The trigger here, as Liana puts forth, is the thing that causes a stress reaction of reliving the event. That stress reaction is programmed to the response of that day. So anything that person associates with that day and that experience becomes the trigger.

Can we really alert everyone to every trigger? No.

Should we? In my opinion, no. We should encourage people to be mindful of their triggers and, as they become more generalized and cause more distress in life, encourage treatment to minimize those triggers. Encouraging avoidance through a litany of warnings only reinforces (read: encourages, makes stronger) that stress reaction and sets it in stone. Eventually, that reaction could become just part of everyday functioning.

Second question, could one make the argument that there is a misunderstanding in the effort to prevent the reexperiencing of a trauma?
Human beings have this natural reaction to stressful events. Professionally and biologically, it's the sympathetic nervous system. Commonly, it is known as fight or flight. When we have a fight or flight reaction, resolution of that promotes the neurological chemicals to be sent. When stressed, your body sends chemicals to dull the pain. When resolved, you get the chemical that makes you feel somewhat happy and resolved as you've evaded trouble.

There certainly is a misunderstanding, but it's in the human condition. People simply want to avoid uncomfortable things. When you add in the cultural component--America's reluctance to deal with emotional and psychological pain--you get a really staunch sense of trauma avoidance. If someone is raped, the usual response is to rush to their aid and help them, but sometimes that is harmful to recovery as a rape victim may wish to have people far away.

With PTSD, we tend to want to avoid that trauma experience. It makes people uncomfortable. For example, a prisoner may develop PTSD from seeing murders in a prison. Does the average populace want to sit and discuss the gruesome disemboweling of another human being as a necessity of survival?

Does a "normal person" want to hear the grueling detail of slaughtering people in war? How about watching your friends and near family being destroyed by an IED? No, they typically want to mask it to paint over the discomfort of the listener and the reliving of trauma of the traumatized.

Digressing a tad, there is also the assumption of the trauma. As you said, someone may assume a combat veteran has trauma because they saw death and destruction. This may not be the case. They actually may have survived an IED with no deaths. This causes them to become hypervigilant and wary of others.


What would you say of the value of basic comunication and research in the context of gaming and entertainment consumption? Gamers - for the most part, I would say - have family, friends, co-workers, internet access. If a person has suffered a trauma, and continues to suffer the psychological affects of that trauma in real and practical ways - would that person not feel compelled to inquire about this game, or that movie from someone they trust and who is aware of the condition and information relevant to it? In your experience as a clinician, how many subjects are you aware of that had played a game, or seen a movie relevant to their condition that had not been vetted to be reasonably free of elements that would innitiate a reexperience of their trauma? Could it not even be healthy for a subject to approach entertainment consumption and how it relates to their trauma in such a way?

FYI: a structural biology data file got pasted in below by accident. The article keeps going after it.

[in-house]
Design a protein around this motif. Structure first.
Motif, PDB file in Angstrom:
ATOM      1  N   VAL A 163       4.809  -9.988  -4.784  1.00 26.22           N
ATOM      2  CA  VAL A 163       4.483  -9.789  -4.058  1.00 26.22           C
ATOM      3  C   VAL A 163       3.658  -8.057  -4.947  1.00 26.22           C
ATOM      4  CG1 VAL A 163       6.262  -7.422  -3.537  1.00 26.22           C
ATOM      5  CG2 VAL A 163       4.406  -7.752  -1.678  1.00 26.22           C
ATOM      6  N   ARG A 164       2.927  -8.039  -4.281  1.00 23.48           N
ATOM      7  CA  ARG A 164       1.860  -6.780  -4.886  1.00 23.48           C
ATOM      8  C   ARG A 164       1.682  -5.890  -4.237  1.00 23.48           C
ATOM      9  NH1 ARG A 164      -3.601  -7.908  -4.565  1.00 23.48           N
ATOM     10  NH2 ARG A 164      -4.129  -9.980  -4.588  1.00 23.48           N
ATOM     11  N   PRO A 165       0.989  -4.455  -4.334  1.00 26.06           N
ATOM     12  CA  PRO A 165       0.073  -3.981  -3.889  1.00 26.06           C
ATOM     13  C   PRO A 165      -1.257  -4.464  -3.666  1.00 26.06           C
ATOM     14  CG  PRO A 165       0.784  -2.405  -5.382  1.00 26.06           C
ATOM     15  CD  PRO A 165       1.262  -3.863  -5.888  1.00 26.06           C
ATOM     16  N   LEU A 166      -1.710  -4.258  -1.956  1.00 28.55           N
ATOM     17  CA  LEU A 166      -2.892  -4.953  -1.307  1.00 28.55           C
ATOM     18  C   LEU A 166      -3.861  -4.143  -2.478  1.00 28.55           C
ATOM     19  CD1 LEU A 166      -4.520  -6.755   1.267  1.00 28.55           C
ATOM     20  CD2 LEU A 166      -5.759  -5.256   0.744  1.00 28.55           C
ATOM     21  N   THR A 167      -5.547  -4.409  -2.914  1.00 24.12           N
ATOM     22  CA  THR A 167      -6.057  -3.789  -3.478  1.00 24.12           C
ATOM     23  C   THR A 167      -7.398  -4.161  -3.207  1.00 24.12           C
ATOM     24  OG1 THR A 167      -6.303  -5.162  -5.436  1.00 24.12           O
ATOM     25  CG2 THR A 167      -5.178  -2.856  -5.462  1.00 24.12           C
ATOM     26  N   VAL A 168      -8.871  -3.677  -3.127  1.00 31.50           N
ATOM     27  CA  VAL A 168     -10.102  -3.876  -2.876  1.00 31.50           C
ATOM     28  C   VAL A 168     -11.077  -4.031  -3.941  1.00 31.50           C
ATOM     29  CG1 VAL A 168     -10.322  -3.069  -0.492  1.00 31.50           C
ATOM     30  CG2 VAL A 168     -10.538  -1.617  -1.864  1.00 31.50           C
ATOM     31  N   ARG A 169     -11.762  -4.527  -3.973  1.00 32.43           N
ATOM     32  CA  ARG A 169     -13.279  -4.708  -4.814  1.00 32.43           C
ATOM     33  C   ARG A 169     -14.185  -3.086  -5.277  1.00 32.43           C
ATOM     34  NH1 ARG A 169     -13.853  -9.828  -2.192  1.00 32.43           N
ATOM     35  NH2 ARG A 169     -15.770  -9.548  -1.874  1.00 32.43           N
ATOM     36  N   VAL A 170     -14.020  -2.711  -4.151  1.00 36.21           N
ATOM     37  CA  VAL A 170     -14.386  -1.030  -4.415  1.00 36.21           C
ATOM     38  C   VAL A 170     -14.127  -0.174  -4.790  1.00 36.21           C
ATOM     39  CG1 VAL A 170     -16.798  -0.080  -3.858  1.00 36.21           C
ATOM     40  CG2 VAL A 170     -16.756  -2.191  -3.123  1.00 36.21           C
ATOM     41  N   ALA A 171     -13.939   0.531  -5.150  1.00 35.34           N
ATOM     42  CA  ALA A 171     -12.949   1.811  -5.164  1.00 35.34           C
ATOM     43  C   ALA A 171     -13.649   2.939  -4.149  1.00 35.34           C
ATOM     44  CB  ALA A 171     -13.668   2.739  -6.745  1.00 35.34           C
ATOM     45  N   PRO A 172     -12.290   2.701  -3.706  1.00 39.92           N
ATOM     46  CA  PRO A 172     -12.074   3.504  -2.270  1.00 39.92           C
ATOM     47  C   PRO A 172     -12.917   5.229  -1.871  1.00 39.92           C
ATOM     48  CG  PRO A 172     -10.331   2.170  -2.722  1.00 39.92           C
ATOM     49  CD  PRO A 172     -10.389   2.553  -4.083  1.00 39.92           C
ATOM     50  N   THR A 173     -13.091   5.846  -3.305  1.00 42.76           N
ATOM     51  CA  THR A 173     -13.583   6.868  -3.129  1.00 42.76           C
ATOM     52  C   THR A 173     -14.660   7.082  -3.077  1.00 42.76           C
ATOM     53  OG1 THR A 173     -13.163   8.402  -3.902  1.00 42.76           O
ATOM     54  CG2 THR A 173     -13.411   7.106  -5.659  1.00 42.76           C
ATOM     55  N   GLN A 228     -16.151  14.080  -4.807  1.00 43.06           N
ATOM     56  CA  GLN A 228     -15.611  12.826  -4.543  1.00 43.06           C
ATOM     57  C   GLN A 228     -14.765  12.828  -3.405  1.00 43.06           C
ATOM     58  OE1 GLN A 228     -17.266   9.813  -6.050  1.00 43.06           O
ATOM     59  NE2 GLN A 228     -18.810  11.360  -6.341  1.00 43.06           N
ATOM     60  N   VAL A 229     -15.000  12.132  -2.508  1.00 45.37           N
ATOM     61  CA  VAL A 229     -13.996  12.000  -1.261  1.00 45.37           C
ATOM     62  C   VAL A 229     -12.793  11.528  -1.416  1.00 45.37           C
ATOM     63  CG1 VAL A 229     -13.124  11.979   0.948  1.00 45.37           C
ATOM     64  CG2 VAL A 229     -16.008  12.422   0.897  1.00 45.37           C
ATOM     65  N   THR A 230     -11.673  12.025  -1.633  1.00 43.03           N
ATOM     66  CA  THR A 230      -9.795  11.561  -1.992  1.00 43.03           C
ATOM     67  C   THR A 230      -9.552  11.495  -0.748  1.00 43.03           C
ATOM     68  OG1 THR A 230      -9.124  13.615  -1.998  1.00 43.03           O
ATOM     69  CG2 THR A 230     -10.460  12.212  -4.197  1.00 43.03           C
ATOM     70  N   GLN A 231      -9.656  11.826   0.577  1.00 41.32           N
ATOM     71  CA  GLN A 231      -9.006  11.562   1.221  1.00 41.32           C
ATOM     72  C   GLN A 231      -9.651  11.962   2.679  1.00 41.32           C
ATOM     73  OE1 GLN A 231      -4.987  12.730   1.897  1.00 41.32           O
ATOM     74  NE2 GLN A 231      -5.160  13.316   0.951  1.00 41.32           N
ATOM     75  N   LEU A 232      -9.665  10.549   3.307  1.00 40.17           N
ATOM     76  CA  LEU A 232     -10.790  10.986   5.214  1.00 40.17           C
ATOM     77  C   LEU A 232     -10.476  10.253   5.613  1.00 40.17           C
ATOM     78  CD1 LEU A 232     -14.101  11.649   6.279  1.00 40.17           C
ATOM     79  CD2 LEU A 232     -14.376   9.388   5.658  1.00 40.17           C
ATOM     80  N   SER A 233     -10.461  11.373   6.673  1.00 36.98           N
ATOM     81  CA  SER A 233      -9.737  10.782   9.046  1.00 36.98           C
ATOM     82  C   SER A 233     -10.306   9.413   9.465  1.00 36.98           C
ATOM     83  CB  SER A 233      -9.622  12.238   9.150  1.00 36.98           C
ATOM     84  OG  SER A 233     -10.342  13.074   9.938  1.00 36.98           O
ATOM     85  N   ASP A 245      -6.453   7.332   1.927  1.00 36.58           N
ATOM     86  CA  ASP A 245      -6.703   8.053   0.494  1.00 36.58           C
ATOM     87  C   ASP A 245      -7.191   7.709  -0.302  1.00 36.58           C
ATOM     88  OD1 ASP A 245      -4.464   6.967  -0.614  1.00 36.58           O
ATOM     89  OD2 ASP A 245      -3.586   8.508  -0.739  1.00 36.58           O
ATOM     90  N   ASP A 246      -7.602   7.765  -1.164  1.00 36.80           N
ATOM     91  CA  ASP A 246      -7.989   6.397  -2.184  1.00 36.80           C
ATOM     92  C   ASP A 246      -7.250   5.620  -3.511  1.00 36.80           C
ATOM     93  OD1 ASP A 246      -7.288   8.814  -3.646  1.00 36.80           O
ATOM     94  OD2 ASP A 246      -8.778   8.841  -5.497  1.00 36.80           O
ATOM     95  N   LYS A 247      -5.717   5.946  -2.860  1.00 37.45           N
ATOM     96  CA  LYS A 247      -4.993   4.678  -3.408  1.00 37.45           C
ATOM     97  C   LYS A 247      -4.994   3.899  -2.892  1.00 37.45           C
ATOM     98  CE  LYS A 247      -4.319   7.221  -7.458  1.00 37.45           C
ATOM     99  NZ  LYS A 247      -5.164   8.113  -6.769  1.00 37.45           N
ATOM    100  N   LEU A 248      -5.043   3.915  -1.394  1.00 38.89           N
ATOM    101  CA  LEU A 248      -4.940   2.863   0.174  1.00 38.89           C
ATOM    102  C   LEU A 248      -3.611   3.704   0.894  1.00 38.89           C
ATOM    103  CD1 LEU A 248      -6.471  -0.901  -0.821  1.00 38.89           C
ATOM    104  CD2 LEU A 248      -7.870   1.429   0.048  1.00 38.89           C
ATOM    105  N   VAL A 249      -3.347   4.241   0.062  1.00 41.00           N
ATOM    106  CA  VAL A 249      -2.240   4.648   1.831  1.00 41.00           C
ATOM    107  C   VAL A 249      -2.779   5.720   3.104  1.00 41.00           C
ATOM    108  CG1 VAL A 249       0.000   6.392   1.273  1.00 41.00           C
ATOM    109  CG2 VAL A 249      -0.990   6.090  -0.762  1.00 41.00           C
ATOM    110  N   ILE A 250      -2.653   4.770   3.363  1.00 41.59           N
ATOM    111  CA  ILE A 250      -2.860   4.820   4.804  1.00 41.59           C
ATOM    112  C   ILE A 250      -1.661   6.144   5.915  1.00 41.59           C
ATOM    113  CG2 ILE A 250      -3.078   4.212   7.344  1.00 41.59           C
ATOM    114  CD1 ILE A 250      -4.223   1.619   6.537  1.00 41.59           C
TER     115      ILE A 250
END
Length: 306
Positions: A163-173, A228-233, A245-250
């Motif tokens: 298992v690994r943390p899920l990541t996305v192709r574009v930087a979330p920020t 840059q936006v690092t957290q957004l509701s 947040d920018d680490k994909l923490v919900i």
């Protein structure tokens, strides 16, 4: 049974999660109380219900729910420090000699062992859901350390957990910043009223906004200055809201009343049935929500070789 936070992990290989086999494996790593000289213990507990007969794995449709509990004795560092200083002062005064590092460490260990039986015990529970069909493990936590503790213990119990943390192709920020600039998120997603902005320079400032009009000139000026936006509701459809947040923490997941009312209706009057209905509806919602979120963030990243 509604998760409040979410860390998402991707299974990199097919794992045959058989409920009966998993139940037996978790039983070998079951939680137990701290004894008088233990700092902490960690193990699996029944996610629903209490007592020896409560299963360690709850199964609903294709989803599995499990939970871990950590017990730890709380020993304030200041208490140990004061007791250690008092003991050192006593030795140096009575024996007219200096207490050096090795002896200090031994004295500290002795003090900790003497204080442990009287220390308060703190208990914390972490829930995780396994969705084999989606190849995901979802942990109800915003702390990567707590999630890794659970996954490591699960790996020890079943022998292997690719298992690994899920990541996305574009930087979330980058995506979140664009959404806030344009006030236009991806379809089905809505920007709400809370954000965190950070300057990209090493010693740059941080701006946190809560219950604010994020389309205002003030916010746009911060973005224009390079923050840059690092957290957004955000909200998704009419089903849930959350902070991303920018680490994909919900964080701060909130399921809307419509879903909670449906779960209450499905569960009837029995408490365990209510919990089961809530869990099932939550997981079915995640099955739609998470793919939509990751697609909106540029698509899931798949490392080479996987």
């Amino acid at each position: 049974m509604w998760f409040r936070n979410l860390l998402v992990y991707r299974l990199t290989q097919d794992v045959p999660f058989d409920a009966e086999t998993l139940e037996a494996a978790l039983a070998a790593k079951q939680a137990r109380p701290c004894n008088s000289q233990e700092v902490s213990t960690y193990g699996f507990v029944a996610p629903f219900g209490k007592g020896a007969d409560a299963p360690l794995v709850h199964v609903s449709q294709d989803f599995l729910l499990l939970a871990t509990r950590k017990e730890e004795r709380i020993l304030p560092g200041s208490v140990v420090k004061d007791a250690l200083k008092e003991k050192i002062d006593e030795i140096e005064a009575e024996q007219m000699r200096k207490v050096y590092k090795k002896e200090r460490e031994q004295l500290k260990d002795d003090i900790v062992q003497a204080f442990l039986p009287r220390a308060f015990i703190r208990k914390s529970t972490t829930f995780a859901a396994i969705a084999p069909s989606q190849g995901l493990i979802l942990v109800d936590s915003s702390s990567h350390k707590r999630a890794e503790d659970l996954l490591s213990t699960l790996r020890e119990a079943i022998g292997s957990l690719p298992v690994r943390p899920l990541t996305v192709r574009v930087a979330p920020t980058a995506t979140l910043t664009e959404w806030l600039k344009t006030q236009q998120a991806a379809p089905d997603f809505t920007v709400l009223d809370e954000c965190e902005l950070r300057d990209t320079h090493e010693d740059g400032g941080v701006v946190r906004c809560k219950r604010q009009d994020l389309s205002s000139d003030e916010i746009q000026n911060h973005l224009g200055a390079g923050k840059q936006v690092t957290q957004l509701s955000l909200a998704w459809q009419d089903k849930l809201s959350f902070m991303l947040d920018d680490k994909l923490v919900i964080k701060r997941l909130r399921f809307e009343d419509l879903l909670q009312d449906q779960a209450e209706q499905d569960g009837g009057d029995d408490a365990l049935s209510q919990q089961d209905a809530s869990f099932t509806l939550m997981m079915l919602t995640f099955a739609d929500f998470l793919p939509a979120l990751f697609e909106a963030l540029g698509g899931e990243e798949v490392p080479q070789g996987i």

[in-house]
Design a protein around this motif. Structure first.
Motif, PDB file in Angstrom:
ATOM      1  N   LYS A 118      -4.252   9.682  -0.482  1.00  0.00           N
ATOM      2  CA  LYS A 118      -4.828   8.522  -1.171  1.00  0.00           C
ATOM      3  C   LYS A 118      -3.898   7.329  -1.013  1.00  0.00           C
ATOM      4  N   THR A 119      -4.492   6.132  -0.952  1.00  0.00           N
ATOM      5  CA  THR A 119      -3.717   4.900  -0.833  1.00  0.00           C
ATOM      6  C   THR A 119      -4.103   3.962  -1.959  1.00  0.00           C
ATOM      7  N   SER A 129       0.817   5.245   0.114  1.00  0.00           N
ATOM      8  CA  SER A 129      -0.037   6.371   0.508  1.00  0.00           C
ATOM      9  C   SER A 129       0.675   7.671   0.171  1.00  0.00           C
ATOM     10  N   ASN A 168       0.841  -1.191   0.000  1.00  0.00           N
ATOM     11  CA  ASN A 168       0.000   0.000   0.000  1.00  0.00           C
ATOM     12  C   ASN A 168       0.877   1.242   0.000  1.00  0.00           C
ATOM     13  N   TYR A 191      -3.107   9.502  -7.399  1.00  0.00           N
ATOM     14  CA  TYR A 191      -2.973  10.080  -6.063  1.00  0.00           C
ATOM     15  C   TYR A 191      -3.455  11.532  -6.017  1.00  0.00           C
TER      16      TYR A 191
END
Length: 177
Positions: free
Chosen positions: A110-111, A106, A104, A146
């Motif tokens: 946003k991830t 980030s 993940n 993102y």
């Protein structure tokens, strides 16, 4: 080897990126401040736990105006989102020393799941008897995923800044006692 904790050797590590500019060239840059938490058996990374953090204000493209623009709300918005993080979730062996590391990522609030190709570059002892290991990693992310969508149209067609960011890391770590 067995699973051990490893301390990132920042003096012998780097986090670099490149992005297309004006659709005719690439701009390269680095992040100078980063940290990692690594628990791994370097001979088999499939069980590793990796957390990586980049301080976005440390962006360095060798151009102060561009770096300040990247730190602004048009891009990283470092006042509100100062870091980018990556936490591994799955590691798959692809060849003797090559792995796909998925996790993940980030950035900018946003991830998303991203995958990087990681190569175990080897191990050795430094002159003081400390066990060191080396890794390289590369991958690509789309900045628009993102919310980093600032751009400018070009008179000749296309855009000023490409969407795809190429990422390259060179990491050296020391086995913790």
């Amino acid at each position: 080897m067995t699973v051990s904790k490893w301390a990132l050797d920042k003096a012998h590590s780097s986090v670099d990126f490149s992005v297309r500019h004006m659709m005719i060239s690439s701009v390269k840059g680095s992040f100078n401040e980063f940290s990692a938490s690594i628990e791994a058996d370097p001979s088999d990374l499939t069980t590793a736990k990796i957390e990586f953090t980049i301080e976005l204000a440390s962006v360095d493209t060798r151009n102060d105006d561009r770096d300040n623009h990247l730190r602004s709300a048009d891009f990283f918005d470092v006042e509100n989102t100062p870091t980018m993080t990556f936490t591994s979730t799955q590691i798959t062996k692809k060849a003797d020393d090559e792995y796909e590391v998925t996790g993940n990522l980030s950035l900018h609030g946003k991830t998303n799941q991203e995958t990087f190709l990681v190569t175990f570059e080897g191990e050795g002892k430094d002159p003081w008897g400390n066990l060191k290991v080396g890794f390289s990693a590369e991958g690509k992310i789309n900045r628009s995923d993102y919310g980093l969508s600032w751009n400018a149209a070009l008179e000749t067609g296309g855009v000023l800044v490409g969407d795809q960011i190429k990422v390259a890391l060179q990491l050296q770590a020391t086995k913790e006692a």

Very few. The trauma experience tends to be based upon something that was present when the trauma happened. Additionally, the DSM-5 actually excludes digital traumas. You cannot develop PTSD from Twitter, video games, etc based on the DSM-5. You have to experience it directly or have someone close to you experience it. However, I cannot say it does not happen. I can just say that it's rather rare in my experience.

I've also yet to have any woman say video games are the cause of their problems. Mostly women seek mental health services due to the stigma of weakness associated for men. I work primarily with the poor, and I've yet to have any woman tell me that video games are the cause of their problems.
 

Roysten

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Excellent couple of articles, I look forward to reading the next two.

I went undiagnosed with PTSD for thirty years and during that time computer games happened. Books, music, films, but mostly computer games provided escape for me over those years. I will always chalk up computer games as a force for good in my world, and I tend to view the many waves of controversy that crash against games with a little contempt.

Talking about PTSD is hard.

Since I have been diagnosed I have found that its about at the point I need say my PTSD was caused by a car crash when I was a child.

People are curious and fairly often ask before they even think about it. When they don't ask then odds on you have the joy of watching someone not really listening while they mentally try fit you into a PTSD pigeon hole. This for me, and a fair few folks I have talked to is a "trigger" (stupid stupid label).